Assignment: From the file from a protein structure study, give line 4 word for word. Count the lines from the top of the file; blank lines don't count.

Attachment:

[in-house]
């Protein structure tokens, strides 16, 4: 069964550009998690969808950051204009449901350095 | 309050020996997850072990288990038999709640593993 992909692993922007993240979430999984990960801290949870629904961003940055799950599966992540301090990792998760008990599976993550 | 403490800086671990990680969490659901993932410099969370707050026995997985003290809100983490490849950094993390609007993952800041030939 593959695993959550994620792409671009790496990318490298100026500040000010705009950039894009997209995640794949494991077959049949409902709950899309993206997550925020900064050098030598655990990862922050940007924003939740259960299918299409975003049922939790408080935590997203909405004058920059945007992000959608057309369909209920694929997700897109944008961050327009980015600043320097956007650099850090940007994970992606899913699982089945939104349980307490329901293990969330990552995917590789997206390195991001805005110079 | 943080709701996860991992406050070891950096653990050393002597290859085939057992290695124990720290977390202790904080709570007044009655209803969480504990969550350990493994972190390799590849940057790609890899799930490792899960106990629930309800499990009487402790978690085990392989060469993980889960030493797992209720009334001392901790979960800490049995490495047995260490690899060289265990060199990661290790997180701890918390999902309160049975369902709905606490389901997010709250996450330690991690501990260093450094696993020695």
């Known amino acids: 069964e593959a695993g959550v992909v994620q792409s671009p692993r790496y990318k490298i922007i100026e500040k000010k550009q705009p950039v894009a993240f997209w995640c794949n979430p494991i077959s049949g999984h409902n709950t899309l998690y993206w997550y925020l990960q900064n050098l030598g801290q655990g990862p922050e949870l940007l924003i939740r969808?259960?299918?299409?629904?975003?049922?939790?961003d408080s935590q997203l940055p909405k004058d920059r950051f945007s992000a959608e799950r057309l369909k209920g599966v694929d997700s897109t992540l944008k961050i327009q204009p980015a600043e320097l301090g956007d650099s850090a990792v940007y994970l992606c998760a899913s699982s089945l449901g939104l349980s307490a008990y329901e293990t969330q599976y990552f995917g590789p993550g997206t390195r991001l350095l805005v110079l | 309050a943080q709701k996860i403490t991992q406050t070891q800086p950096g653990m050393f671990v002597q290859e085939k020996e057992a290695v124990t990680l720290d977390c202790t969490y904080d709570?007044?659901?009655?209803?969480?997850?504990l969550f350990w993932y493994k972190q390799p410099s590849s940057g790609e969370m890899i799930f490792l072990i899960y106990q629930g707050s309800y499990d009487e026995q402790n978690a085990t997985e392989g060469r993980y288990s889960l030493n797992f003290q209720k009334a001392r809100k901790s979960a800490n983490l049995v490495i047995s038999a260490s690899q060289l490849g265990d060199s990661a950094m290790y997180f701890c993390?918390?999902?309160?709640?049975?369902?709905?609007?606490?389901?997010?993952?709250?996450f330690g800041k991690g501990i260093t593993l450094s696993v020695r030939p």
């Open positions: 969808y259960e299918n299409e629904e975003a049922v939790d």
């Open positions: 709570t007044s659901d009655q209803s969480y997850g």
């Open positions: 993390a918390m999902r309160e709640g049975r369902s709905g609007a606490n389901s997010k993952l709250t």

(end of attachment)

């Open positions: 969808y259960e299918n299409e629904e975003a049922v939790d």